To balance the safety of the public, staff, and other offenders with the need to safeguard an offender’s right to confidentiality and right to accept or refuse health services
To ensure relevant information is shared in accordance with professional standards and legal requirements
Applies to all Health Services staff
RESPONSIBILITIES AND PROCEDURES
Regional Directors, Health Services, Executive Directors of the five Correctional Service of Canada (CSC) Regional Treatment Centres and health care professionals must be aware of federal and provincial/territorial legislation and other information pertinent to the issue of consent to health services.
Apart from exceptions described in these Guidelines and in relevant legislation, the consent of the offender must be obtained for:
all health assessment and treatment
involvement or participation in any form of research
the sharing of health care information.
If an offender refuses to consent to a psychological risk assessment, this assessment will be completed using available information in the interest of public safety, as per CD 705-5 – Supplementary Intake Assessments.
Criteria for Valid Consent
Subsection 88(2) of the CCRA sets out criteria for informed consent of inmates. Where CSC provides health services in the community, the same criteria will apply.
In accordance with professionally accepted standards, consent may be express or implied. It may be provided by the offender verbally or in writing. If consent is provided verbally, it should be documented and signed by the health care professional.
If the offender does not have the capacity to give informed consent, consent will then be governed by the relevant federal and provincial/territorial legislation.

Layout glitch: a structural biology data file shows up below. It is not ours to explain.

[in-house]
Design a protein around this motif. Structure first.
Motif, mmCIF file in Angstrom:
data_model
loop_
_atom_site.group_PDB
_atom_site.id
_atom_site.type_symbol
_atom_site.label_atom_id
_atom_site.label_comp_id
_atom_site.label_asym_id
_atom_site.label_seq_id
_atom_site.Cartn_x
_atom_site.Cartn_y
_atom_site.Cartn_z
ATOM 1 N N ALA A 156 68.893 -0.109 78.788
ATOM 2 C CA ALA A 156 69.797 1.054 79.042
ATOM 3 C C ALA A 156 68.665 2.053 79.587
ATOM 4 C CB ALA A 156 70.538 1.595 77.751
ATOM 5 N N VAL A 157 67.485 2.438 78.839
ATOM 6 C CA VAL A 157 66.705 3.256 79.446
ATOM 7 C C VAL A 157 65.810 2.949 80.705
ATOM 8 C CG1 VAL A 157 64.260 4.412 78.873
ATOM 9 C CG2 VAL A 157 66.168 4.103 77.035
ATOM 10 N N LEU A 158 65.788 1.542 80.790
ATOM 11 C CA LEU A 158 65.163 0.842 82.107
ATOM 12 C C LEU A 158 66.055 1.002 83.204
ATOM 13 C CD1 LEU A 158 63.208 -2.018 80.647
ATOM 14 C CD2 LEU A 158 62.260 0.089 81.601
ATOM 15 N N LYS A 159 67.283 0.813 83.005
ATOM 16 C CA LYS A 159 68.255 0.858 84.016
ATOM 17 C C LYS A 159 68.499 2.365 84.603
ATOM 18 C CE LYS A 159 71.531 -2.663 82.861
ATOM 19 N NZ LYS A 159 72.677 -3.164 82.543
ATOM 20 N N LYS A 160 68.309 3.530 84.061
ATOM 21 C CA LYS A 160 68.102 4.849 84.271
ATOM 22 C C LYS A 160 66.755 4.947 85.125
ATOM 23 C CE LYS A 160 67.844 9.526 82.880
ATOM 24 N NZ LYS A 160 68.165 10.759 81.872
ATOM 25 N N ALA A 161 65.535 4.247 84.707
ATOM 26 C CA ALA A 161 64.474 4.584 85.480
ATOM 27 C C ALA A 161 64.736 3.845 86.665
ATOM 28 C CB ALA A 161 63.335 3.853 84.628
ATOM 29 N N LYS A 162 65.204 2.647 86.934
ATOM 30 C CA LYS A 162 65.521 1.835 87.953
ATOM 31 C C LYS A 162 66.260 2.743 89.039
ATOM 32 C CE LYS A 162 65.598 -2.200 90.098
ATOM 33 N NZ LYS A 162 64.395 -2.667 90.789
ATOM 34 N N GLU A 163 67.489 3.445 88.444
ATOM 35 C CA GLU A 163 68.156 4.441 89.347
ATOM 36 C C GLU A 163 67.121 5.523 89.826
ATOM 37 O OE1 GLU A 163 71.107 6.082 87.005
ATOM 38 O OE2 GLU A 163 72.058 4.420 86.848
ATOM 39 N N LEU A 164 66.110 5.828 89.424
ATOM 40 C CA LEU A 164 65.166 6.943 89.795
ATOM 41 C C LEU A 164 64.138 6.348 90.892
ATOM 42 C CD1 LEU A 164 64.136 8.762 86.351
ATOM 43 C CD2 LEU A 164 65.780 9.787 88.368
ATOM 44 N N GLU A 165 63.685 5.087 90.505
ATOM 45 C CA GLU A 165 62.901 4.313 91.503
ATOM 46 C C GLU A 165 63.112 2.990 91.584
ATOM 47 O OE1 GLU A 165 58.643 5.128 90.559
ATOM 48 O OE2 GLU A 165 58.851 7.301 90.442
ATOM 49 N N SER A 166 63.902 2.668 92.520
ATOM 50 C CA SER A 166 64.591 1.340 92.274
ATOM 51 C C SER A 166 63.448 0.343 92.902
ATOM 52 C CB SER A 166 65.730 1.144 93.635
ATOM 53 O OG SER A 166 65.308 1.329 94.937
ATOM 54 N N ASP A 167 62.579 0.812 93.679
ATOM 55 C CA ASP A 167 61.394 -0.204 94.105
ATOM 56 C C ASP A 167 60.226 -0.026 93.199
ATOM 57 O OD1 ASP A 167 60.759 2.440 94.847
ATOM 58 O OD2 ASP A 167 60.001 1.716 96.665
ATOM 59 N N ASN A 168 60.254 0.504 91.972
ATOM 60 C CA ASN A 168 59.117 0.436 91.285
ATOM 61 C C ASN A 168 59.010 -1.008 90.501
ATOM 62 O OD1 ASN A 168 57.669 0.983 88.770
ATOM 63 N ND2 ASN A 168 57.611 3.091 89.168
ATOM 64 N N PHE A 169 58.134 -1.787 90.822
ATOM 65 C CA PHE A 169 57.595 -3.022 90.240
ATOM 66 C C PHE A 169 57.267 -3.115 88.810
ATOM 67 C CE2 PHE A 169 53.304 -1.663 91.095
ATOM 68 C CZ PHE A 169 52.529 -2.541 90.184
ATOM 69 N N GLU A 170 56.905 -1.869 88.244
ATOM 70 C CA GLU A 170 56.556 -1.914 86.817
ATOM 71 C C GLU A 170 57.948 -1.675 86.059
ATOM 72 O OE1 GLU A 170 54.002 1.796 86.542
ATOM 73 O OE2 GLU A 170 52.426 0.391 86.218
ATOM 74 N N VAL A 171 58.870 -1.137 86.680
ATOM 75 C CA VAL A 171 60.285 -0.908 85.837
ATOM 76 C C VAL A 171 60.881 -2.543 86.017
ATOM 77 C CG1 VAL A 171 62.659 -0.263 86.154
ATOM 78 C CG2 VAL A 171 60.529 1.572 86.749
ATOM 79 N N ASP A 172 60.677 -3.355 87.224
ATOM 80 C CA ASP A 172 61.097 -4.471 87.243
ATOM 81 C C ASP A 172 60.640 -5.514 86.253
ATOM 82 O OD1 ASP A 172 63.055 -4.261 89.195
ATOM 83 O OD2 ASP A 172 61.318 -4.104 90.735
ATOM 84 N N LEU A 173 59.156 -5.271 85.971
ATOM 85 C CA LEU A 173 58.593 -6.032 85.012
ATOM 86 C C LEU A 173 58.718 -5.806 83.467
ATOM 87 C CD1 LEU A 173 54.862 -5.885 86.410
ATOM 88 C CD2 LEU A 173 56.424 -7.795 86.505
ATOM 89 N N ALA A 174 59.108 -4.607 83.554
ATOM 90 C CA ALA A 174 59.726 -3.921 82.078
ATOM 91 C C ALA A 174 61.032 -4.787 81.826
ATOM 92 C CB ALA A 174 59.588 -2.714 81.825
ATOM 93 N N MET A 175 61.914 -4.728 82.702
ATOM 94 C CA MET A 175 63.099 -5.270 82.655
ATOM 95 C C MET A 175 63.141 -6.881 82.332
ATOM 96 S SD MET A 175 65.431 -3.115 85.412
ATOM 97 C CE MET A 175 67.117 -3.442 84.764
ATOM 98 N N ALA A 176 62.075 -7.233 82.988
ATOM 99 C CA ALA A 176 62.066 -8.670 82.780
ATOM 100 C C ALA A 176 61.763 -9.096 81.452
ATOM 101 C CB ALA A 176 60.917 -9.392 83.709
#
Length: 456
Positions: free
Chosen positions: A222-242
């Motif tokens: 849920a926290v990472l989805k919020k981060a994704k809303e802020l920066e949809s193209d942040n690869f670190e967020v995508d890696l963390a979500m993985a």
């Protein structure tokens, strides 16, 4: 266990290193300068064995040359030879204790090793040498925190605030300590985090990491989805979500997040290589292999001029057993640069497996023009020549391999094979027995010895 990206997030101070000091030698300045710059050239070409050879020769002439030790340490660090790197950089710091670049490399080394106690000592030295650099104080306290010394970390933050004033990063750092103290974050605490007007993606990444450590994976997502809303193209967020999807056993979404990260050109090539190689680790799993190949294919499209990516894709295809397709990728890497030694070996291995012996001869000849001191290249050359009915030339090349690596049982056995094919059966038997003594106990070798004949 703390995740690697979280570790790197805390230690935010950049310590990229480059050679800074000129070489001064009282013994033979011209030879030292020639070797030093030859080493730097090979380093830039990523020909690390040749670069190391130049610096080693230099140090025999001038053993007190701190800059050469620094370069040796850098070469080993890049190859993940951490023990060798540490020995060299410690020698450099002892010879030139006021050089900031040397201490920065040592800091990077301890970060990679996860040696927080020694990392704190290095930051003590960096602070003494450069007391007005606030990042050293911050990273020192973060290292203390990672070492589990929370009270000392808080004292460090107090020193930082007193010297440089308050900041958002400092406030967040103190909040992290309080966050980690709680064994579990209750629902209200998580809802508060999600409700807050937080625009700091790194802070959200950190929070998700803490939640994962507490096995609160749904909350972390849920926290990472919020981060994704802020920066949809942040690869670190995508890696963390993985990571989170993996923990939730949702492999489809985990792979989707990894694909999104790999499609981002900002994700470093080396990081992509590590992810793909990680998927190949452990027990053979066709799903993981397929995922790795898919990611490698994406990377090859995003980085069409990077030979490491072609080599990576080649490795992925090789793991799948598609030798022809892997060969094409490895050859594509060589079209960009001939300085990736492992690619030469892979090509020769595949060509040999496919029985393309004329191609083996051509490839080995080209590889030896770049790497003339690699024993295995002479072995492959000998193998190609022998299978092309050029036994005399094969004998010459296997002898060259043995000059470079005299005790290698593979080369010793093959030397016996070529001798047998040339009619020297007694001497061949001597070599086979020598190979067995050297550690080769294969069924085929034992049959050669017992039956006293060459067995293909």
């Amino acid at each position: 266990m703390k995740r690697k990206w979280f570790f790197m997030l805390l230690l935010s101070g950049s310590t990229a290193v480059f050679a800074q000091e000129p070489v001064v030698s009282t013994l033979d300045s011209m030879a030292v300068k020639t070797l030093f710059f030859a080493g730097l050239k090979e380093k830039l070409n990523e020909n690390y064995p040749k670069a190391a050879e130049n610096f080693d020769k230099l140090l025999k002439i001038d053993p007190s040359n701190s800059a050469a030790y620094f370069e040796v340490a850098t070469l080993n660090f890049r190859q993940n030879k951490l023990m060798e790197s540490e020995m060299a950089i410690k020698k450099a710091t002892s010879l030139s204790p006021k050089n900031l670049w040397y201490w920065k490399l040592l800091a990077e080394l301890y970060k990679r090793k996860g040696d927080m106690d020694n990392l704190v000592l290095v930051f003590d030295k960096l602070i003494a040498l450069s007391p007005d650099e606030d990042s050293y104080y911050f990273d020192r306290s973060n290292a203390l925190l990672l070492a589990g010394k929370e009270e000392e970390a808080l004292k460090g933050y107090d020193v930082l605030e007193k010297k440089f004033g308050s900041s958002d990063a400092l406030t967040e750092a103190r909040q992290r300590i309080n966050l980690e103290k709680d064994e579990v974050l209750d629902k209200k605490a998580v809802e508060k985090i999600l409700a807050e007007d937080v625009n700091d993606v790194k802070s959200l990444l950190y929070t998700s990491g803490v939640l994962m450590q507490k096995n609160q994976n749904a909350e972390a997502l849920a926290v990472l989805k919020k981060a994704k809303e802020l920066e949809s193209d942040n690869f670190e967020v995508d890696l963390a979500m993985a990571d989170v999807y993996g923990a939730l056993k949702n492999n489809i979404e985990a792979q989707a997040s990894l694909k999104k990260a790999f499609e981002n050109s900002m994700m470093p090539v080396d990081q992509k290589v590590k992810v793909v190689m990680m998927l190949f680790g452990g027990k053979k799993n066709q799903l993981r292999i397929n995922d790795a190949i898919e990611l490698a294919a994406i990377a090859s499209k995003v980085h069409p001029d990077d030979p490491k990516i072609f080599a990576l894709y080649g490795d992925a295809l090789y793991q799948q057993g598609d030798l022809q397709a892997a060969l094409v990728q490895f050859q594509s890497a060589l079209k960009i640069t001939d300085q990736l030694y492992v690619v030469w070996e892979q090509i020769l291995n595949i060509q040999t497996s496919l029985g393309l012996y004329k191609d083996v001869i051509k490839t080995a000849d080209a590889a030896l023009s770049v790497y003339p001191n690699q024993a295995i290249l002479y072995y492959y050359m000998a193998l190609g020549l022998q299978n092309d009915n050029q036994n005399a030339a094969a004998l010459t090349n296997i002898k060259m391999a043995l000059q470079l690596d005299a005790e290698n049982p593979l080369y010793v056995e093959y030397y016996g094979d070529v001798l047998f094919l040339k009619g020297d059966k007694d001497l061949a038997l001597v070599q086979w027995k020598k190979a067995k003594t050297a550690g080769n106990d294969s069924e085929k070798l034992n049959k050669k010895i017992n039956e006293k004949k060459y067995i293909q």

Where the offender meets the criteria for involuntary treatment (as described in the section on Involuntary Admission and Treatment), treatment will be administered in accordance with relevant federal and provincial/territorial legislation.
Criteria for Valid Consent
Subsections 88(1) and (2) of the CCRA set out the rights of the inmate to refuse treatment.
If the offender refuses to consent, the health care professional will document information regarding the refusal. The offender will be asked to sign a statement outlining the recommended health service and his/her refusal to consent. If the offender refuses to sign the statement, the health care professional will document the information given to the offender and his/her refusal. Whenever a witness is available, he/she will also be required to sign the statement.
When an offender refuses to consent to a specific treatment, an alternative treatment, if possible and appropriate, will be made available.
When an offender refuses health services, the health care professional will advise the offender of the potential health consequences of such a refusal.
Where the refusal to consent poses a risk to the health or safety of other persons (i.e. communicable diseases such as active tuberculosis or acute mental health problems), staff will abide by applicable federal and provincial/territorial legislation when determining a course of action.
Medical Emergency Situations
An offender’s informed consent to treatment is not required in medical emergency situation, where there is an immediate threat to the offender’s health or life and the offender is not able to provide consent to treatment.
Involuntary Placement for Medical Observation